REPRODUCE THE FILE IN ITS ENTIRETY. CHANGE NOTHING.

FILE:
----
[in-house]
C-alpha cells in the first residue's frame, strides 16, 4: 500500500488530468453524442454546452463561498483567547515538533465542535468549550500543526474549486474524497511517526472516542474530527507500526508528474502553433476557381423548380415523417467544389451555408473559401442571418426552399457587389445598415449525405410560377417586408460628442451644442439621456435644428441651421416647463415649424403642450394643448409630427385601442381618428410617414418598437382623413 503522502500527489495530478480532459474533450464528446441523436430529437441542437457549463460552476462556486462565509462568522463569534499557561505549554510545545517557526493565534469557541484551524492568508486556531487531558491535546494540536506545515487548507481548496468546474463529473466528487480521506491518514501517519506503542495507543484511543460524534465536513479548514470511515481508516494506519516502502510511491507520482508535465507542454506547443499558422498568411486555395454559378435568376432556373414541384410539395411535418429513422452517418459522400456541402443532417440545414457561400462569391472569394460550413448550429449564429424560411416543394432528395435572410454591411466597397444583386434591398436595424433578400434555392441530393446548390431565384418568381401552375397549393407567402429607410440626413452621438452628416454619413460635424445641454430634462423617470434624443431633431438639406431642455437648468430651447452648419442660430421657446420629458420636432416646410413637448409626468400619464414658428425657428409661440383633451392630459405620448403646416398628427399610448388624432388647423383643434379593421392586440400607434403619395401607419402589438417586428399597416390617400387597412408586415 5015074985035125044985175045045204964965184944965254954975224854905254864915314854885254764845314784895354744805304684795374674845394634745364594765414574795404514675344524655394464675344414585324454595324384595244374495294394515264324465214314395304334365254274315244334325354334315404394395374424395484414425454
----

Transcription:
[in-house]
C-alpha cells in the first residue's frame, strides 16, 4: 500500500488530468453524442454546452463561498483567547515538533465542535468549550500543526474549486474524497511517526472516542474530527507500526508528474502553433476557381423548380415523417467544389451555408473559401442571418426552399457587389445598415449525405410560377417586408460628442451644442439621456435644428441651421416647463415649424403642450394643448409630427385601442381618428410617414418598437382623413 503522502500527489495530478480532459474533450464528446441523436430529437441542437457549463460552476462556486462565509462568522463569534499557561505549554510545545517557526493565534469557541484551524492568508486556531487531558491535546494540536506545515487548507481548496468546474463529473466528487480521506491518514501517519506503542495507543484511543460524534465536513479548514470511515481508516494506519516502502510511491507520482508535465507542454506547443499558422498568411486555395454559378435568376432556373414541384410539395411535418429513422452517418459522400456541402443532417440545414457561400462569391472569394460550413448550429449564429424560411416543394432528395435572410454591411466597397444583386434591398436595424433578400434555392441530393446548390431565384418568381401552375397549393407567402429607410440626413452621438452628416454619413460635424445641454430634462423617470434624443431633431438639406431642455437648468430651447452648419442660430421657446420629458420636432416646410413637448409626468400619464414658428425657428409661440383633451392630459405620448403646416398628427399610448388624432388647423383643434379593421392586440400607434403619395401607419402589438417586428399597416390617400387597412408586415 5015074985035125044985175045045204964965184944965254954975224854905254864915314854885254764845314784895354744805304684795374674845394634745364594765414574795404514675344524655394464675344414585324454595324384595244374495294394515264324465214314395304334365254274315244334325354334315404394395374424395484414425454